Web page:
Would making cannabis lawful be a gateway legalisation?

Matthew SmithHead of Data Journalism
November 21, 2018, 12:00 AM GMT+0

YouGov examines whether those who favour legalising cannabis feel the same way about other drugs

About a month ago the sale of cannabis in Canada became legal for the first time, making it only the second country in the world (the other is Uruguay) where such a law exists.

Here in the UK taking a softer line on cannabis has widespread public support. Close to four in ten Brits (38%) think the sale and possession of the drug should be legalised entirely; a further 22% want to see it decriminalised. Only three in ten (30%) believe that it should remain a criminal offense to sell or possess cannabis.

This is substantially more liberal than attitudes towards other drugs. Just over a third of Britons (36%) would like to see magic mushrooms legalised or decriminalised, and only 10-17% want to see the same for drugs like amphetamines, LSD, ecstasy, cocaine or heroin.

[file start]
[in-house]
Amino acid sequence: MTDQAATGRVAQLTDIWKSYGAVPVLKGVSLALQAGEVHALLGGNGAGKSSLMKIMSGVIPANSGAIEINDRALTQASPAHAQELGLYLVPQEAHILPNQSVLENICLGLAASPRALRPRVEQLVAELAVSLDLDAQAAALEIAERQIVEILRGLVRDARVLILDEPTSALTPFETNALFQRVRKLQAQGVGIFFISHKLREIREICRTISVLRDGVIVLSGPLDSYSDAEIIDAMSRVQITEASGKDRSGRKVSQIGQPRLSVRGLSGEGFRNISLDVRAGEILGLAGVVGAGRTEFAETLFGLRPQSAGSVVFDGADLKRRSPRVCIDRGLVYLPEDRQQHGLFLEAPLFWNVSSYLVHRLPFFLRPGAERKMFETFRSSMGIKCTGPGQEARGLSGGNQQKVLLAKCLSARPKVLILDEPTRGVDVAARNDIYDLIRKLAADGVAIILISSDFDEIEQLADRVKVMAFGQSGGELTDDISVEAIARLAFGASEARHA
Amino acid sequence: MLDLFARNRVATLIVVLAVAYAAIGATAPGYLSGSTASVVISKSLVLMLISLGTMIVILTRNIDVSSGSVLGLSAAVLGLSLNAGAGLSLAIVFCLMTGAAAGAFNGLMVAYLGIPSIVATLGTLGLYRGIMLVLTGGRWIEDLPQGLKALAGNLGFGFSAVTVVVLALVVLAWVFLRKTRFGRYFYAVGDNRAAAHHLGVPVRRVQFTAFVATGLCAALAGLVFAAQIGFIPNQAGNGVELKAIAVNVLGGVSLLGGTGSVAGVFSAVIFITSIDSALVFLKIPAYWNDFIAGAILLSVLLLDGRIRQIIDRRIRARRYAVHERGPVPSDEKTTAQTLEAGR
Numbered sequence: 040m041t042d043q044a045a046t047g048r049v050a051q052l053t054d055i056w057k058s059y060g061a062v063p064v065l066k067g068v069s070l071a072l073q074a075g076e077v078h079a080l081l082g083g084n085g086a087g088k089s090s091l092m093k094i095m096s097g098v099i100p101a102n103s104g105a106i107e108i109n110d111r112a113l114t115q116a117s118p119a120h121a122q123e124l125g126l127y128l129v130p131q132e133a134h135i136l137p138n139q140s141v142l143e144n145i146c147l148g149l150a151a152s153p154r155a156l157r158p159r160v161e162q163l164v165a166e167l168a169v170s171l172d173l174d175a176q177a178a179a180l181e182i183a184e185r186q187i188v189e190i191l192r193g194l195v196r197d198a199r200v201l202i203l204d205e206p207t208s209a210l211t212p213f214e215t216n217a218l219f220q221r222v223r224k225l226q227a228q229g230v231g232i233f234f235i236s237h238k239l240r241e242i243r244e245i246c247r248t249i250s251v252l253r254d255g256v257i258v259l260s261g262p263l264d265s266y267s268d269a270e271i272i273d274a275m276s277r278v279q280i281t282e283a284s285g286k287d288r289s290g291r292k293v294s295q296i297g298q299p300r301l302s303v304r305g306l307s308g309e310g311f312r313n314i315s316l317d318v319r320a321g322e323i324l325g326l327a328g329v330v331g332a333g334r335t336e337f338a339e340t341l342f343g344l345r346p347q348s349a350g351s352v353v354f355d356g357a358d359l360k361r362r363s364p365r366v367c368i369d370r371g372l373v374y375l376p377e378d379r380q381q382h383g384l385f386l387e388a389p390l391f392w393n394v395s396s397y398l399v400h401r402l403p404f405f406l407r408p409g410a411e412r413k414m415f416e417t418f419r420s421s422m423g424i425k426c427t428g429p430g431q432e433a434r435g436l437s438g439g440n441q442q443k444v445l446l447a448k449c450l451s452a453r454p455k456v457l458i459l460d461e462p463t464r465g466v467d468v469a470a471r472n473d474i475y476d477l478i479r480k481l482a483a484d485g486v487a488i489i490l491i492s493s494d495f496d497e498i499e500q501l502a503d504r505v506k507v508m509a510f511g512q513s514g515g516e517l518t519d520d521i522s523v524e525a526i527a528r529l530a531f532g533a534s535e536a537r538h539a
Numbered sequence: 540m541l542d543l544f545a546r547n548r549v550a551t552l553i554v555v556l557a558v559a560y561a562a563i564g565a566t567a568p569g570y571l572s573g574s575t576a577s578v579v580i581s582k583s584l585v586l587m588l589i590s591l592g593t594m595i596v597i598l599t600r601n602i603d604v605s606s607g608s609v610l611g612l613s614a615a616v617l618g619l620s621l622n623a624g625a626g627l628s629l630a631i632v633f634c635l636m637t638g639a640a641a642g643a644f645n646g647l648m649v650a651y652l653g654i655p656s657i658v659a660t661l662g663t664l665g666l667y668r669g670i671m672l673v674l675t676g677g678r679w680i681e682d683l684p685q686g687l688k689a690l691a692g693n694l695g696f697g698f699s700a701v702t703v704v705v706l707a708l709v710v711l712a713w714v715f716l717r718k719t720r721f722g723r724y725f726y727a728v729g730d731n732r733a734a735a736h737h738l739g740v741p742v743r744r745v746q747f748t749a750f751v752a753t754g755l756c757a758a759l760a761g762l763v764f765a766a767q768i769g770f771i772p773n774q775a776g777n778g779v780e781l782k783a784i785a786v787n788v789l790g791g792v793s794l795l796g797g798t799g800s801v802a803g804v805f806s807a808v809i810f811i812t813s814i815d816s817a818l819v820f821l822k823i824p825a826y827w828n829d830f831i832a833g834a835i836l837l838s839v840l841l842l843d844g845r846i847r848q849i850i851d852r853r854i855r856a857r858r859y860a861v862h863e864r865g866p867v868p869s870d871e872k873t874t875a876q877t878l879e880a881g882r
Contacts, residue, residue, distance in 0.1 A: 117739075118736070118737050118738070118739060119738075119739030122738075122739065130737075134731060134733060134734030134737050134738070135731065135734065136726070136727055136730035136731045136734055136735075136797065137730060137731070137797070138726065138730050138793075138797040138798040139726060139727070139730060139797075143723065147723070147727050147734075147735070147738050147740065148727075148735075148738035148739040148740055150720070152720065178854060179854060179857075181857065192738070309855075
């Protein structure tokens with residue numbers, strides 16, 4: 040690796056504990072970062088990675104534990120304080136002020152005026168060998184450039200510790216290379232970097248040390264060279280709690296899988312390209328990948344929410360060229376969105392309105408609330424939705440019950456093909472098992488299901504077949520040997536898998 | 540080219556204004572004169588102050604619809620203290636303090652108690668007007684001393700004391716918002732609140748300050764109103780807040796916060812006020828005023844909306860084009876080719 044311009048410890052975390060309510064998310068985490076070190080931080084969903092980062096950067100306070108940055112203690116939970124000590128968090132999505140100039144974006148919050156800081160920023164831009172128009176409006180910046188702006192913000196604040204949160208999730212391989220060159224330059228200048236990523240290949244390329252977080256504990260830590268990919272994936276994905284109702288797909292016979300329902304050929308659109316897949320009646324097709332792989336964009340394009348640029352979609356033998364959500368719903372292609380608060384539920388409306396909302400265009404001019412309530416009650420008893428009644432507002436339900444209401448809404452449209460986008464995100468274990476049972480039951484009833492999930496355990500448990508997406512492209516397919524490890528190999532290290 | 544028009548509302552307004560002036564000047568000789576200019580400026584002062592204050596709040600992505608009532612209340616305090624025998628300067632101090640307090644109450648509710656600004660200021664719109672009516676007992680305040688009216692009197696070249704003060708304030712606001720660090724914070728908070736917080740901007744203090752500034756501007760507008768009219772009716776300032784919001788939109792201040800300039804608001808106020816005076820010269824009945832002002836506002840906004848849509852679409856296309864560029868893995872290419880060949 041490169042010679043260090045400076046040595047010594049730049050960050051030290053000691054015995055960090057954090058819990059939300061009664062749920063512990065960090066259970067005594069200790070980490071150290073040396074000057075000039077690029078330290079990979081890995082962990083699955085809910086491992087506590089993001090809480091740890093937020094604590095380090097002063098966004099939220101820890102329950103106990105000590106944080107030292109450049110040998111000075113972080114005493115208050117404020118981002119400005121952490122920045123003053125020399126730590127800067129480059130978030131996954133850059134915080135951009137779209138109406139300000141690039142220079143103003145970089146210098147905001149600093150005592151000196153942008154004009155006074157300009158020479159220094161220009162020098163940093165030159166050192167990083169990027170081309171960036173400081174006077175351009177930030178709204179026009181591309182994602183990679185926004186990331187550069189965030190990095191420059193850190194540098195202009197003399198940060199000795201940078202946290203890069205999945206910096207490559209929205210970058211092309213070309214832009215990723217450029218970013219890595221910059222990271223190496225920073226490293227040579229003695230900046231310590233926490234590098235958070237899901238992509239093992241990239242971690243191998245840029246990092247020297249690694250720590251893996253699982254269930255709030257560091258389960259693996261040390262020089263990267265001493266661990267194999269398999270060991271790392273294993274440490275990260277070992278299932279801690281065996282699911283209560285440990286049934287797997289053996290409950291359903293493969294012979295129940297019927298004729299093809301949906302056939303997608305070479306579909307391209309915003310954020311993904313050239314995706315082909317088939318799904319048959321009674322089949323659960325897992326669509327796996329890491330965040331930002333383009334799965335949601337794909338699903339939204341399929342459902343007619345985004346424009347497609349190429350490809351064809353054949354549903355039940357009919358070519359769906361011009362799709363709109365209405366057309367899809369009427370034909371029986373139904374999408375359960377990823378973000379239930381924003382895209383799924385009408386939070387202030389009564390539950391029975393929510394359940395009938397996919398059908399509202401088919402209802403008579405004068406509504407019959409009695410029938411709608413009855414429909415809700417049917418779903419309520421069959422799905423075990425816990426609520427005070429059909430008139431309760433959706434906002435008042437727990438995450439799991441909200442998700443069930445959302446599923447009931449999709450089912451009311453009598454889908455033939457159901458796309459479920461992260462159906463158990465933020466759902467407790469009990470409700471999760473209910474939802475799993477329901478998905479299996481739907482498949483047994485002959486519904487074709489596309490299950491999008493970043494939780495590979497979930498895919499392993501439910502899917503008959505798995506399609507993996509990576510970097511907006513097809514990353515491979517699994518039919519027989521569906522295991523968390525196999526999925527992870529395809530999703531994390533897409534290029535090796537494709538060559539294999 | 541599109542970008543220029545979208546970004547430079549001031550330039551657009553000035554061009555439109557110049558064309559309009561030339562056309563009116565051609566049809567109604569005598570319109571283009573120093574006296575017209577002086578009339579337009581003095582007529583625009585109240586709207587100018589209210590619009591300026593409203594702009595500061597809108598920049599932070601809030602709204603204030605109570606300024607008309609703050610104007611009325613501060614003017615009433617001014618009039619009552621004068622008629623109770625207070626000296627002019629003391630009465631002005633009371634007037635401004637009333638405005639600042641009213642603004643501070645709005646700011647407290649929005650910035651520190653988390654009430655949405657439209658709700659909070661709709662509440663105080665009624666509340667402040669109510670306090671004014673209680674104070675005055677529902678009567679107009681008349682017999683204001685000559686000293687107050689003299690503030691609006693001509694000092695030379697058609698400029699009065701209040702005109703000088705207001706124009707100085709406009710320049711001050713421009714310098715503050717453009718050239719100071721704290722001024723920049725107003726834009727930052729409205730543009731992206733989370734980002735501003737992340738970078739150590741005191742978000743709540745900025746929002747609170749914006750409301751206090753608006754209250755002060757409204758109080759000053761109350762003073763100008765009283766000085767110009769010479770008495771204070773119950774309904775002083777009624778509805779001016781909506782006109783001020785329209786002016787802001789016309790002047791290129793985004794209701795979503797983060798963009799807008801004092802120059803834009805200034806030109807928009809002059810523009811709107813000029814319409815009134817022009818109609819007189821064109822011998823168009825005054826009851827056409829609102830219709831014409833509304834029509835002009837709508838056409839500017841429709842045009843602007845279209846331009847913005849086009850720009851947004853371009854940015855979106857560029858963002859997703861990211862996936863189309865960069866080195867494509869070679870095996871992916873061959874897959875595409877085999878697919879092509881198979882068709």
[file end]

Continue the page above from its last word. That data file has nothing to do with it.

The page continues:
But would the legalisation of cannabis prove to be the thin end of the wedge? If Britain were to legalise the drug, would the debate simply shift on to calls for other drugs to be legalised as well?

New YouGov data suggests that this is unlikely to be the case.

Few of those who are pro-legalising cannabis want to see any other drugs legalised. The most popular other drug that this group wanted to see legalised is magic mushrooms, but even here only 32% would support such a move (a figure which constitutes just 12% of the general population as a whole).

Just 9-16% of those who want cannabis to be legalised would like to see any of the five other drugs listed to be legalised.

It does seem that the majority of pro-cannabis legalisation types would like to see a softer stance on magic mushrooms. Close to two-thirds (62%) would like to see the drug either legalised or decriminalised. As with the population as a whole views on magic mushrooms are something of an outlier, with attitudes remaining strict towards the other five drugs we asked about.

So even if Britain is destined to see commercial cannabis gracing store shelves in the near future, it’s unlikely that there will be any other currently illegal drugs sitting alongside them.

Photo: Getty

See the full results here